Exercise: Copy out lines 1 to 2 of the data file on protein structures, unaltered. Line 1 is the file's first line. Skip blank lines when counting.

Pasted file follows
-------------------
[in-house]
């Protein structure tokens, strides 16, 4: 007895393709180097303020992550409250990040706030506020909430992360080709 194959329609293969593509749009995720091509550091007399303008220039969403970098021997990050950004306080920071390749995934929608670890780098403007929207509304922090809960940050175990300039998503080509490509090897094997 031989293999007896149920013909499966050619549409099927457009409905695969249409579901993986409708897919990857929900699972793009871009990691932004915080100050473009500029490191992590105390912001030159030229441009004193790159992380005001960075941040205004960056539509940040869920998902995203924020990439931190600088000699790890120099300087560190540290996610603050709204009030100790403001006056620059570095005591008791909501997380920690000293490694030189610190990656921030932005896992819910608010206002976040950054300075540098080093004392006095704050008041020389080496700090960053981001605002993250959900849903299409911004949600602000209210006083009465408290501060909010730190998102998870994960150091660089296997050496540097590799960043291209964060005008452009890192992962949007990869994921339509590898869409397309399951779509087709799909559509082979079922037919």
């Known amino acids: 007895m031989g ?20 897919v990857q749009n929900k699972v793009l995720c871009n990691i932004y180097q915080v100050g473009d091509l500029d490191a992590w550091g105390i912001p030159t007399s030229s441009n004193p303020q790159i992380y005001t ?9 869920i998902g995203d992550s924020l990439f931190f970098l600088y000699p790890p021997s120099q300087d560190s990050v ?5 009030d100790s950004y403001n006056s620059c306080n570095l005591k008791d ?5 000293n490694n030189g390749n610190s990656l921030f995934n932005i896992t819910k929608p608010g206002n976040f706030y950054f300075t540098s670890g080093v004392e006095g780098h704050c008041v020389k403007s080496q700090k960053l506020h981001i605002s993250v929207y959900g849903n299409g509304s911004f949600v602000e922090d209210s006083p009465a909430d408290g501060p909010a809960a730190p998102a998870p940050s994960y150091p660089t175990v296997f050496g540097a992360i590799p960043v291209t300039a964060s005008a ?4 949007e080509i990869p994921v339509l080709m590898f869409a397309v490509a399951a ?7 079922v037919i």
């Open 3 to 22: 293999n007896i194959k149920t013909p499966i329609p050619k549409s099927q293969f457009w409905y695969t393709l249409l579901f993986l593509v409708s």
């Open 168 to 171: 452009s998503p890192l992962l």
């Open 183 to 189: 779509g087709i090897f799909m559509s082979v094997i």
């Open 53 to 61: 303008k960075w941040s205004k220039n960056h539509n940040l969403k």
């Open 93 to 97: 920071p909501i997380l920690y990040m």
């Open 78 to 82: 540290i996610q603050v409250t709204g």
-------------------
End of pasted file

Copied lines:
[in-house]
């Protein structure tokens, strides 16, 4: 007895393709180097303020992550409250990040706030506020909430992360080709 194959329609293969593509749009995720091509550091007399303008220039969403970098021997990050950004306080920071390749995934929608670890780098403007929207509304922090809960940050175990300039998503080509490509090897094997 031989293999007896149920013909499966050619549409099927457009409905695969249409579901993986409708897919990857929900699972793009871009990691932004915080100050473009500029490191992590105390912001030159030229441009004193790159992380005001960075941040205004960056539509940040869920998902995203924020990439931190600088000699790890120099300087560190540290996610603050709204009030100790403001006056620059570095005591008791909501997380920690000293490694030189610190990656921030932005896992819910608010206002976040950054300075540098080093004392006095704050008041020389080496700090960053981001605002993250959900849903299409911004949600602000209210006083009465408290501060909010730190998102998870994960150091660089296997050496540097590799960043291209964060005008452009890192992962949007990869994921339509590898869409397309399951779509087709799909559509082979079922037919």